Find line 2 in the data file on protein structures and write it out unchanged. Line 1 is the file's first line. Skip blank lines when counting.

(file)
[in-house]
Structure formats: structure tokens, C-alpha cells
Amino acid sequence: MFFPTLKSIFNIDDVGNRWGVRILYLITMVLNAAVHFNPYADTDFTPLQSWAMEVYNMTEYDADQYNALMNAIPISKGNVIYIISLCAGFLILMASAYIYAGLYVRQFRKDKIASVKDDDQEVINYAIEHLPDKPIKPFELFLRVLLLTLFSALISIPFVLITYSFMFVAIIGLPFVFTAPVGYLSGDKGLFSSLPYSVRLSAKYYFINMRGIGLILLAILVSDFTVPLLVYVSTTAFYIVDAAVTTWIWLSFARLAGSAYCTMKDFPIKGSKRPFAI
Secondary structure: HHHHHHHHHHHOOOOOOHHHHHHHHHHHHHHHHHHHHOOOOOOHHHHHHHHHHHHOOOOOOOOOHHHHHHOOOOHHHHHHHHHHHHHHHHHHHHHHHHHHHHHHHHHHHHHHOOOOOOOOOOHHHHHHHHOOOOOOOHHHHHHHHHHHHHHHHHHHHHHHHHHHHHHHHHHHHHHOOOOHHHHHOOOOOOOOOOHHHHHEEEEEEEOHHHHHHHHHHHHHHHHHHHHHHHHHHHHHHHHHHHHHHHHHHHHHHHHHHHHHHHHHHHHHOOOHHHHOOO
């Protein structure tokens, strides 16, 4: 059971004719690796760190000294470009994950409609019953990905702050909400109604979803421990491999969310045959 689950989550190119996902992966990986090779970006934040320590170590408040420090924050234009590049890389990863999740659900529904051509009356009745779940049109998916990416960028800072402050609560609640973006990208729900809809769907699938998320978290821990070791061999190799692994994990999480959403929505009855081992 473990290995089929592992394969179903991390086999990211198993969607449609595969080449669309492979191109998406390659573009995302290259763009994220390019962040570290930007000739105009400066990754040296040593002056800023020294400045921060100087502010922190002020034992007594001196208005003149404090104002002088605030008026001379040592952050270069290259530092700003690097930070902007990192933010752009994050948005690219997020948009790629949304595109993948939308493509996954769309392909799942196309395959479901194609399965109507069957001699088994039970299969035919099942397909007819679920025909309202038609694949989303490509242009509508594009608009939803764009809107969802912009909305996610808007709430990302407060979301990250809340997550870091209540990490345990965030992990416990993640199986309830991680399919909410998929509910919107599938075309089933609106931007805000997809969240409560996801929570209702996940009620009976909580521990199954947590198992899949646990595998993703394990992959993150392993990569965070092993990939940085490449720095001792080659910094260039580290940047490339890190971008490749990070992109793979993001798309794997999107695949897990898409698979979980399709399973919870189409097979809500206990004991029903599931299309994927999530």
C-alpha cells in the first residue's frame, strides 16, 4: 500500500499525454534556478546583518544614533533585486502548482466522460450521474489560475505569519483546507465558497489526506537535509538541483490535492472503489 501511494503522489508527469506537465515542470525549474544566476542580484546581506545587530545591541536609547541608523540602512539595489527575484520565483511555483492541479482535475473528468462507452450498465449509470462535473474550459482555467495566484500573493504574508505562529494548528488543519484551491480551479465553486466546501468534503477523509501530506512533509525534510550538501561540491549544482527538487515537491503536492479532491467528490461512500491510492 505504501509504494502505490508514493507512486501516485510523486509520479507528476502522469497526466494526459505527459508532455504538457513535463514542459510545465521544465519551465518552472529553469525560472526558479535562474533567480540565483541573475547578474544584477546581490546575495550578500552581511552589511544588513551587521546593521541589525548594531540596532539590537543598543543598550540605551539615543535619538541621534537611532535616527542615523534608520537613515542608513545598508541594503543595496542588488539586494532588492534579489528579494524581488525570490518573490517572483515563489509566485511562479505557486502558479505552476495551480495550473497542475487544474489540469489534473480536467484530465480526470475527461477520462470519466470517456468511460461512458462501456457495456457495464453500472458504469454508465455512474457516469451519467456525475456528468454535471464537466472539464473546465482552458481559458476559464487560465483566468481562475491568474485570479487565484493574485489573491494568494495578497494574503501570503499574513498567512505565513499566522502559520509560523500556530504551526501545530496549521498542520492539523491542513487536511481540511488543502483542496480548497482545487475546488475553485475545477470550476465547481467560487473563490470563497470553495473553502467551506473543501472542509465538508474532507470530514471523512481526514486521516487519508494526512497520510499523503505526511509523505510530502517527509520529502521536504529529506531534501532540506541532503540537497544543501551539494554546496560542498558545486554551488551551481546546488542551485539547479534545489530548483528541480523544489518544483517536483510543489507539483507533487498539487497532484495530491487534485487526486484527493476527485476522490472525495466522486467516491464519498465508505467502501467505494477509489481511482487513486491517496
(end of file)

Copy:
Structure formats: structure tokens, C-alpha cells